To communicate on a large level, you have to know the language well. I'm not a complete stickler...I'll forgive a punctuation error or two and some awkward sentences, but without a good foundation, you cannot build a memorable style.

  6. It is important but according to regions English also keep changing little bit . I think I am not perfect but I can right that much which can be understood by anyone .

  7. writing something should be intended to people to know something, meaningful and fun


  8. Writing is all about conveying meaning. Unfortunately, poor grammar can make it very difficult to convey the intended message to the recipient.

    Reading a well written document is like walking down a country lane on a beautiful spring day; reading a poorly written document is like hacking your way though the jungle with a machete.

    Be kind to your readers.
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  9. #9
    I'm always Johnny-come-lately to great threads like this (great in my opinion because of the relevance to what many of us do for a living), but my personal thoughts on the topic are that writing is about the intended reader(s).

    What I mean is if you're creating an article for your site about hip-hop culture, then the use of some slang terms might be perfectly acceptable, because your intended readers will digest them without batting an eye.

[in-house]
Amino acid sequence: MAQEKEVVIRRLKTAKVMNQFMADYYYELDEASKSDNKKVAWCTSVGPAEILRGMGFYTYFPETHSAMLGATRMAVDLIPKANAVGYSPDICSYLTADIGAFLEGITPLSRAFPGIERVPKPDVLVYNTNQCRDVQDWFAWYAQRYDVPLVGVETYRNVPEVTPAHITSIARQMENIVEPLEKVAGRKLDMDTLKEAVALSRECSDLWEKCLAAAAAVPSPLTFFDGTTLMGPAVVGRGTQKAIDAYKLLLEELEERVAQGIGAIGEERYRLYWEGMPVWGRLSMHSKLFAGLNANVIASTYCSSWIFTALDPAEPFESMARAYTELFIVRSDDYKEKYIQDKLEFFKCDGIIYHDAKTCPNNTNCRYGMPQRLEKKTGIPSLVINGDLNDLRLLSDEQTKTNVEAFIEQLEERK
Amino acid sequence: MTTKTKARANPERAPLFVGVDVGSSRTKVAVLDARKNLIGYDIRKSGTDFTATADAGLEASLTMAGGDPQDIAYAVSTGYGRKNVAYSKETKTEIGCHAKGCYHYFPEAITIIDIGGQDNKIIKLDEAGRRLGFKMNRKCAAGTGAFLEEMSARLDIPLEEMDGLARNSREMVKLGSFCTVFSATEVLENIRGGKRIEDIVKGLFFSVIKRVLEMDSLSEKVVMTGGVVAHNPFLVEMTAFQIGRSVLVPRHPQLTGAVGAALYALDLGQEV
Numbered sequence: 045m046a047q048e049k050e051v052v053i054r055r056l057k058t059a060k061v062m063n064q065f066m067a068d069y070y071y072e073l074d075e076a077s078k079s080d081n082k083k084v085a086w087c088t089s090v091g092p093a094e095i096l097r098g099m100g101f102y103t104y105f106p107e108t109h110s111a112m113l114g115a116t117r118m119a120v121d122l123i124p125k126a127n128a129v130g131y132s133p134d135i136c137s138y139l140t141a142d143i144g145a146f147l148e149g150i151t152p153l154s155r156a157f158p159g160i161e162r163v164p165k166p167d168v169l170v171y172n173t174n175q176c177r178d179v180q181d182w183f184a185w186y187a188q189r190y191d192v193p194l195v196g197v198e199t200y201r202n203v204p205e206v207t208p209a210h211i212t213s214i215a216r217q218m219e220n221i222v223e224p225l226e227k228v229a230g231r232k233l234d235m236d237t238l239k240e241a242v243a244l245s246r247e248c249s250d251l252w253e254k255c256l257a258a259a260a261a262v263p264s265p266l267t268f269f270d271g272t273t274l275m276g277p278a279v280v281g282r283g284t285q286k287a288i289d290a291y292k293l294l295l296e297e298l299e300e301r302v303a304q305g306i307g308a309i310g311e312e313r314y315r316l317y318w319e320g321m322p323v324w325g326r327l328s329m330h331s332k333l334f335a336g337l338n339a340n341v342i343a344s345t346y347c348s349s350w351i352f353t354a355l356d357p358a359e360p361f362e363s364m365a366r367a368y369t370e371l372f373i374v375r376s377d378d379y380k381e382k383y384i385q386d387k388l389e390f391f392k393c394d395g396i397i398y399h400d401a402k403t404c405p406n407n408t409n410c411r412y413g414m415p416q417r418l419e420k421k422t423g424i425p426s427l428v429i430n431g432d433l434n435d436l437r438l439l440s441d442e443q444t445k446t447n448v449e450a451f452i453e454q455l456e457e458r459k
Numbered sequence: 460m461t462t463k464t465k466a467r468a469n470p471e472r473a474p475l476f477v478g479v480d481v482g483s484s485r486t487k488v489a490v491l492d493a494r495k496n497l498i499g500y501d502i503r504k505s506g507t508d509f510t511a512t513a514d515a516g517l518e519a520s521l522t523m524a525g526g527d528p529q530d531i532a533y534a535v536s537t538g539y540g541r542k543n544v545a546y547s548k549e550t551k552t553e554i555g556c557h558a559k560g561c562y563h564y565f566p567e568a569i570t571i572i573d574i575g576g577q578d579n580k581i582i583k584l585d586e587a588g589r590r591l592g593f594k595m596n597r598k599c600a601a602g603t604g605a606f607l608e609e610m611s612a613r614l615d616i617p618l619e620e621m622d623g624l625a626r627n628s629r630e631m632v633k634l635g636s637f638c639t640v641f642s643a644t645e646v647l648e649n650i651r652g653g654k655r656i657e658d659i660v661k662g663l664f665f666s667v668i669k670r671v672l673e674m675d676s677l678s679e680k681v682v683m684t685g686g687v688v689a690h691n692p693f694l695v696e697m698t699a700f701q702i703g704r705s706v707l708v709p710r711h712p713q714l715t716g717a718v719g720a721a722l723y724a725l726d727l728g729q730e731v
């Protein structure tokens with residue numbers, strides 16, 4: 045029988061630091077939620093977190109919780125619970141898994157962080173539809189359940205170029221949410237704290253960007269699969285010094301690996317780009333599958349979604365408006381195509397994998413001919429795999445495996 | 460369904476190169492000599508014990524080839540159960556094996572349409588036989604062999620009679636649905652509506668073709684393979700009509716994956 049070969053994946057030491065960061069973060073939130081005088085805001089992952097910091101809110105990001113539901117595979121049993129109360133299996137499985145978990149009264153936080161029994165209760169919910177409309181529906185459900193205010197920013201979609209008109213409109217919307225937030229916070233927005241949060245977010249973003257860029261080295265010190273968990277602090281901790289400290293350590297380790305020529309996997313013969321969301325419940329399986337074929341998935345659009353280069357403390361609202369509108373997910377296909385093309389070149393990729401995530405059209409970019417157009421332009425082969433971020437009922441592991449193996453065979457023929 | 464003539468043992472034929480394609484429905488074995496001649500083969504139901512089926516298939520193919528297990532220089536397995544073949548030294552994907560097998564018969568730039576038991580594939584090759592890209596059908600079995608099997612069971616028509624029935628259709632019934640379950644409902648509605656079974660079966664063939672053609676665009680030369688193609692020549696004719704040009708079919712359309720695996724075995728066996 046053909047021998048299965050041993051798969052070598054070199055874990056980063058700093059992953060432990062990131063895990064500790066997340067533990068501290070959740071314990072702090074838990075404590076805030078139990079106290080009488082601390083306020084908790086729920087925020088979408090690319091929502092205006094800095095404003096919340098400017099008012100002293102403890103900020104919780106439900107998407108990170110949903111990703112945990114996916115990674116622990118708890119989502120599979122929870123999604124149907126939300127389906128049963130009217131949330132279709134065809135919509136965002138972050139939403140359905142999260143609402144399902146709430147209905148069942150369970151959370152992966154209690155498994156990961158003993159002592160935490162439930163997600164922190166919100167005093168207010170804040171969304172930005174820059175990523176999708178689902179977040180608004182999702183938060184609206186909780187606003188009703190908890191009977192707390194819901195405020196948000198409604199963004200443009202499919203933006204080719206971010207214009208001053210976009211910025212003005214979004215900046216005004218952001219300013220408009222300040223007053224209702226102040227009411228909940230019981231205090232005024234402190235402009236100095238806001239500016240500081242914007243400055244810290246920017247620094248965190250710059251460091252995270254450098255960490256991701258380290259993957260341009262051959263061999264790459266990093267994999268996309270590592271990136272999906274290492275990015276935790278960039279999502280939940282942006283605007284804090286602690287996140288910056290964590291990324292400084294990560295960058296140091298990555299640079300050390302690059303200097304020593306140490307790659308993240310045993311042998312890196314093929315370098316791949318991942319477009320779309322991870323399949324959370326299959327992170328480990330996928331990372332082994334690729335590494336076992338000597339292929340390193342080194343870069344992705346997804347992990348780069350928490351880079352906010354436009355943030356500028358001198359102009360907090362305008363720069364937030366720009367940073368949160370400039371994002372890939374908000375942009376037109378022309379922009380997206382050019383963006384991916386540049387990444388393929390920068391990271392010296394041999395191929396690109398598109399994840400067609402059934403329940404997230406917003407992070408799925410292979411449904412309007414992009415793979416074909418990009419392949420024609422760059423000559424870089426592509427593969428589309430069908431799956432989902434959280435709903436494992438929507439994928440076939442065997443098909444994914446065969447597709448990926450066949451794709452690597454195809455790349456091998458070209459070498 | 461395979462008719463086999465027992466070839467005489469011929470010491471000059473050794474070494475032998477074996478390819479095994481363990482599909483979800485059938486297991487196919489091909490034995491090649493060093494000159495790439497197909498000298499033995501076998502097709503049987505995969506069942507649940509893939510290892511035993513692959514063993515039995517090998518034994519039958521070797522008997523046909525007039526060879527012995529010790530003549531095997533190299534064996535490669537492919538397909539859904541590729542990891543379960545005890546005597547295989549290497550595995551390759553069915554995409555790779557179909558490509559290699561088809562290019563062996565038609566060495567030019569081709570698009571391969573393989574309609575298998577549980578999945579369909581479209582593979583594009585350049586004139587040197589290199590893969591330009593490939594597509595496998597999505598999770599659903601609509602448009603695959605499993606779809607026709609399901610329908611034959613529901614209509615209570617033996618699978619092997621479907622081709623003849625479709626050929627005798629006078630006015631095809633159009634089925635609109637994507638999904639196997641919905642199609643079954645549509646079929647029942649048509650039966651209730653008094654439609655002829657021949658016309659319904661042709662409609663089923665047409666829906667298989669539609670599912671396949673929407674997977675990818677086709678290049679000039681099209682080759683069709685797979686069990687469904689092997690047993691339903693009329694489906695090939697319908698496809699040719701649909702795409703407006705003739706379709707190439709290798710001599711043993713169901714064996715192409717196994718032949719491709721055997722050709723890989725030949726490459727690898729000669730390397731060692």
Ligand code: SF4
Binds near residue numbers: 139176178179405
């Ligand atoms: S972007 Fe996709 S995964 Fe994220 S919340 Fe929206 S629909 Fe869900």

On the other hand, if you're writing a White Paper on a highly intricate tech system to be published on an academic site, then the use of slang terms would interrupt your readers and detract from the message you're trying to convey to them.

    The same is true with regards to web-speak and non-native English writing with broken grammar in content as it is with slang terms. If your intended readers can consume the material without being 'put off' by the broken grammar or emoticons, then it's okay to use.

    But, if your intended readers might expect well written content, or are seeking a voice of authority on a topic, then broken grammar or web-speak will do you more harm than good.

    So, just like deciding what content to create based on your intended audience, you can also decide on how proper that content must be based on your intended readers too.
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  10. #10
    I've read some very insightful articles from people whose grammar wasn't perfect, and at the same time I've read utter garbage by native speakers who only make the occasional mistake.
    Agreed. Very often something can be very well written and interesting to read despite incorrect grammar.

    I came across this curious story and it's a good example. It's not written as an English person would write it, and there are occasional 'errors' of grammar but phrases like 'The sufferings of all those years had boiled their hearts with anger' are beautifully written and more communicative than most native-English writers would be.

    10/10 to the author for writing from the heart instead of the textbook.